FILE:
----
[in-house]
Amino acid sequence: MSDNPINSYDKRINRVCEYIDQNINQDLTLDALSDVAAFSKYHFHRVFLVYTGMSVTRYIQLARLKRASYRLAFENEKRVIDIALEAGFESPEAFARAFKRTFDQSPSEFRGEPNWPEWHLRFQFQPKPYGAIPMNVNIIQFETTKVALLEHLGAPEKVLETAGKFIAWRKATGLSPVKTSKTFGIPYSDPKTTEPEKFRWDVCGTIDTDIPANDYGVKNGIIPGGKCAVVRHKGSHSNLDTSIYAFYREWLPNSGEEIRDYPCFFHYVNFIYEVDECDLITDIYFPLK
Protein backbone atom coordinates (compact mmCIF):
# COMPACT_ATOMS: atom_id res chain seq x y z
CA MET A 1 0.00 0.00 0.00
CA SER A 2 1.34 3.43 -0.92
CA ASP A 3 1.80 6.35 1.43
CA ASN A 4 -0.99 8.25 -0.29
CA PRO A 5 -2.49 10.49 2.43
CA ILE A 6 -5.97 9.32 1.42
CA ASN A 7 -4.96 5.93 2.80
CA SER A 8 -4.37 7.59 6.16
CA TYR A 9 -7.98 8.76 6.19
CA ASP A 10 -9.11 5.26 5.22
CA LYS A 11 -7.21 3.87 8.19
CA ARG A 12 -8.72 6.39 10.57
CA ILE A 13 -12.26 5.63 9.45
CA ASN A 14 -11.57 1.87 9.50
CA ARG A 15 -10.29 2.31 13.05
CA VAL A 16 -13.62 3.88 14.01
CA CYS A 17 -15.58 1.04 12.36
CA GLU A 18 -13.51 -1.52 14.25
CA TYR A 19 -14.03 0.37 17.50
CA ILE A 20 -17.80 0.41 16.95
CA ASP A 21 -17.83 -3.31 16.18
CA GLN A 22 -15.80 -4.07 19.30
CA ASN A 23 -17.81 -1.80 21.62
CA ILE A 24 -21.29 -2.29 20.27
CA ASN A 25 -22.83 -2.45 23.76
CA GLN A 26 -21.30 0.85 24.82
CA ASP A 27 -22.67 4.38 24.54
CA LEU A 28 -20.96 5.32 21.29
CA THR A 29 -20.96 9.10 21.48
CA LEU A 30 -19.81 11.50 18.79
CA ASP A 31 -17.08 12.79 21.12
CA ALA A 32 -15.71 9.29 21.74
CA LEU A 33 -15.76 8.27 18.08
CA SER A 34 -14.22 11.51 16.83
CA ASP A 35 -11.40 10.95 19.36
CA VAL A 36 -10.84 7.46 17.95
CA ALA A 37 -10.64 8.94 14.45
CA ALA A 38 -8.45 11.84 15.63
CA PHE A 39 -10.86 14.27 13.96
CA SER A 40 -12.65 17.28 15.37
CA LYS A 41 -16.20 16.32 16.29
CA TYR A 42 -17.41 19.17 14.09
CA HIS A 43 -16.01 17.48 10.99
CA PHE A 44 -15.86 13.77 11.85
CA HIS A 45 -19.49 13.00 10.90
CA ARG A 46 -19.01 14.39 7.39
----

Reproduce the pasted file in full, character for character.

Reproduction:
[in-house]
Amino acid sequence: MSDNPINSYDKRINRVCEYIDQNINQDLTLDALSDVAAFSKYHFHRVFLVYTGMSVTRYIQLARLKRASYRLAFENEKRVIDIALEAGFESPEAFARAFKRTFDQSPSEFRGEPNWPEWHLRFQFQPKPYGAIPMNVNIIQFETTKVALLEHLGAPEKVLETAGKFIAWRKATGLSPVKTSKTFGIPYSDPKTTEPEKFRWDVCGTIDTDIPANDYGVKNGIIPGGKCAVVRHKGSHSNLDTSIYAFYREWLPNSGEEIRDYPCFFHYVNFIYEVDECDLITDIYFPLK
Protein backbone atom coordinates (compact mmCIF):
# COMPACT_ATOMS: atom_id res chain seq x y z
CA MET A 1 0.00 0.00 0.00
CA SER A 2 1.34 3.43 -0.92
CA ASP A 3 1.80 6.35 1.43
CA ASN A 4 -0.99 8.25 -0.29
CA PRO A 5 -2.49 10.49 2.43
CA ILE A 6 -5.97 9.32 1.42
CA ASN A 7 -4.96 5.93 2.80
CA SER A 8 -4.37 7.59 6.16
CA TYR A 9 -7.98 8.76 6.19
CA ASP A 10 -9.11 5.26 5.22
CA LYS A 11 -7.21 3.87 8.19
CA ARG A 12 -8.72 6.39 10.57
CA ILE A 13 -12.26 5.63 9.45
CA ASN A 14 -11.57 1.87 9.50
CA ARG A 15 -10.29 2.31 13.05
CA VAL A 16 -13.62 3.88 14.01
CA CYS A 17 -15.58 1.04 12.36
CA GLU A 18 -13.51 -1.52 14.25
CA TYR A 19 -14.03 0.37 17.50
CA ILE A 20 -17.80 0.41 16.95
CA ASP A 21 -17.83 -3.31 16.18
CA GLN A 22 -15.80 -4.07 19.30
CA ASN A 23 -17.81 -1.80 21.62
CA ILE A 24 -21.29 -2.29 20.27
CA ASN A 25 -22.83 -2.45 23.76
CA GLN A 26 -21.30 0.85 24.82
CA ASP A 27 -22.67 4.38 24.54
CA LEU A 28 -20.96 5.32 21.29
CA THR A 29 -20.96 9.10 21.48
CA LEU A 30 -19.81 11.50 18.79
CA ASP A 31 -17.08 12.79 21.12
CA ALA A 32 -15.71 9.29 21.74
CA LEU A 33 -15.76 8.27 18.08
CA SER A 34 -14.22 11.51 16.83
CA ASP A 35 -11.40 10.95 19.36
CA VAL A 36 -10.84 7.46 17.95
CA ALA A 37 -10.64 8.94 14.45
CA ALA A 38 -8.45 11.84 15.63
CA PHE A 39 -10.86 14.27 13.96
CA SER A 40 -12.65 17.28 15.37
CA LYS A 41 -16.20 16.32 16.29
CA TYR A 42 -17.41 19.17 14.09
CA HIS A 43 -16.01 17.48 10.99
CA PHE A 44 -15.86 13.77 11.85
CA HIS A 45 -19.49 13.00 10.90
CA ARG A 46 -19.01 14.39 7.39